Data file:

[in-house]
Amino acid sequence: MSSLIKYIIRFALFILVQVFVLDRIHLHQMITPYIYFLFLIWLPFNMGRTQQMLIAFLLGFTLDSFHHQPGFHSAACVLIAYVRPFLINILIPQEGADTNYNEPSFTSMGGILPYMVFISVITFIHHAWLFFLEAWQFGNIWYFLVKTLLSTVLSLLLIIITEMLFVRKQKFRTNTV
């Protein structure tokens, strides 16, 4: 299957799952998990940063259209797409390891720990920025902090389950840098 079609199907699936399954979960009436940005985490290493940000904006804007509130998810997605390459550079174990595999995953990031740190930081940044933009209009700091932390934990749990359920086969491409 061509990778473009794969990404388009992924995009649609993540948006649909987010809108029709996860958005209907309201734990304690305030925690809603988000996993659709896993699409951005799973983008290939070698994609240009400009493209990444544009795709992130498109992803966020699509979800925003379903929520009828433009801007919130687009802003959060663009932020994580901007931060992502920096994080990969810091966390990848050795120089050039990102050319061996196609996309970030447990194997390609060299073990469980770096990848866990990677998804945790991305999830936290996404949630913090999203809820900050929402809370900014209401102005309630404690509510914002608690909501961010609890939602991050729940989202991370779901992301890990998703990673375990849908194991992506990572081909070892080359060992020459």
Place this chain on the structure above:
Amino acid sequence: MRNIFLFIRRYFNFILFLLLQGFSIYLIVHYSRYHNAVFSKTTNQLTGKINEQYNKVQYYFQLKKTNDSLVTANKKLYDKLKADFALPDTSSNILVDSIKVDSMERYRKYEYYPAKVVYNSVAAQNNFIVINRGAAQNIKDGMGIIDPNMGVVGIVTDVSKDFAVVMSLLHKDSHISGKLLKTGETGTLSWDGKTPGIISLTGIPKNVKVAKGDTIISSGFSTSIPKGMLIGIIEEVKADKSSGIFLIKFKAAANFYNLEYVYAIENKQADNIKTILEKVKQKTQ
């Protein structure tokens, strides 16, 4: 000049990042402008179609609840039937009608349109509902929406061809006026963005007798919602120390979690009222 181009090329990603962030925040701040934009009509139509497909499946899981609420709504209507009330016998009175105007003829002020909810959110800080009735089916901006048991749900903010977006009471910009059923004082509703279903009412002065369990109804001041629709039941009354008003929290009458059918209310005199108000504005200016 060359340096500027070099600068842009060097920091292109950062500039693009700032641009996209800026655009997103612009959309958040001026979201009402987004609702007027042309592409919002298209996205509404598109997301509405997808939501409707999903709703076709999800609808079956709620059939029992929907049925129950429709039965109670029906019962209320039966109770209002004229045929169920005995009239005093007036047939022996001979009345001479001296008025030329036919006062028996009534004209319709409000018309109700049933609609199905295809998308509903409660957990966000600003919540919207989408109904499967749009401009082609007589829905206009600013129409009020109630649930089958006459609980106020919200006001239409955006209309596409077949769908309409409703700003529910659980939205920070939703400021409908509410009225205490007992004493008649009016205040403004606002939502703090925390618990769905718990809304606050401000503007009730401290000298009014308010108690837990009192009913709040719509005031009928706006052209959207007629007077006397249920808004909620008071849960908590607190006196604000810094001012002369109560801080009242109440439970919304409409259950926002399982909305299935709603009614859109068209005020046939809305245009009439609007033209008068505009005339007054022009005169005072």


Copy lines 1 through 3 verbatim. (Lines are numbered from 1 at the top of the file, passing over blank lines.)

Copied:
[in-house]
Amino acid sequence: MSSLIKYIIRFALFILVQVFVLDRIHLHQMITPYIYFLFLIWLPFNMGRTQQMLIAFLLGFTLDSFHHQPGFHSAACVLIAYVRPFLINILIPQEGADTNYNEPSFTSMGGILPYMVFISVITFIHHAWLFFLEAWQFGNIWYFLVKTLLSTVLSLLLIIITEMLFVRKQKFRTNTV
């Protein structure tokens, strides 16, 4: 299957799952998990940063259209797409390891720990920025902090389950840098 079609199907699936399954979960009436940005985490290493940000904006804007509130998810997605390459550079174990595999995953990031740190930081940044933009209009700091932390934990749990359920086969491409 061509990778473009794969990404388009992924995009649609993540948006649909987010809108029709996860958005209907309201734990304690305030925690809603988000996993659709896993699409951005799973983008290939070698994609240009400009493209990444544009795709992130498109992803966020699509979800925003379903929520009828433009801007919130687009802003959060663009932020994580901007931060992502920096994080990969810091966390990848050795120089050039990102050319061996196609996309970030447990194997390609060299073990469980770096990848866990990677998804945790991305999830936290996404949630913090999203809820900050929402809370900014209401102005309630404690509510914002608690909501961010609890939602991050729940989202991370779901992301890990998703990673375990849908194991992506990572081909070892080359060992020459």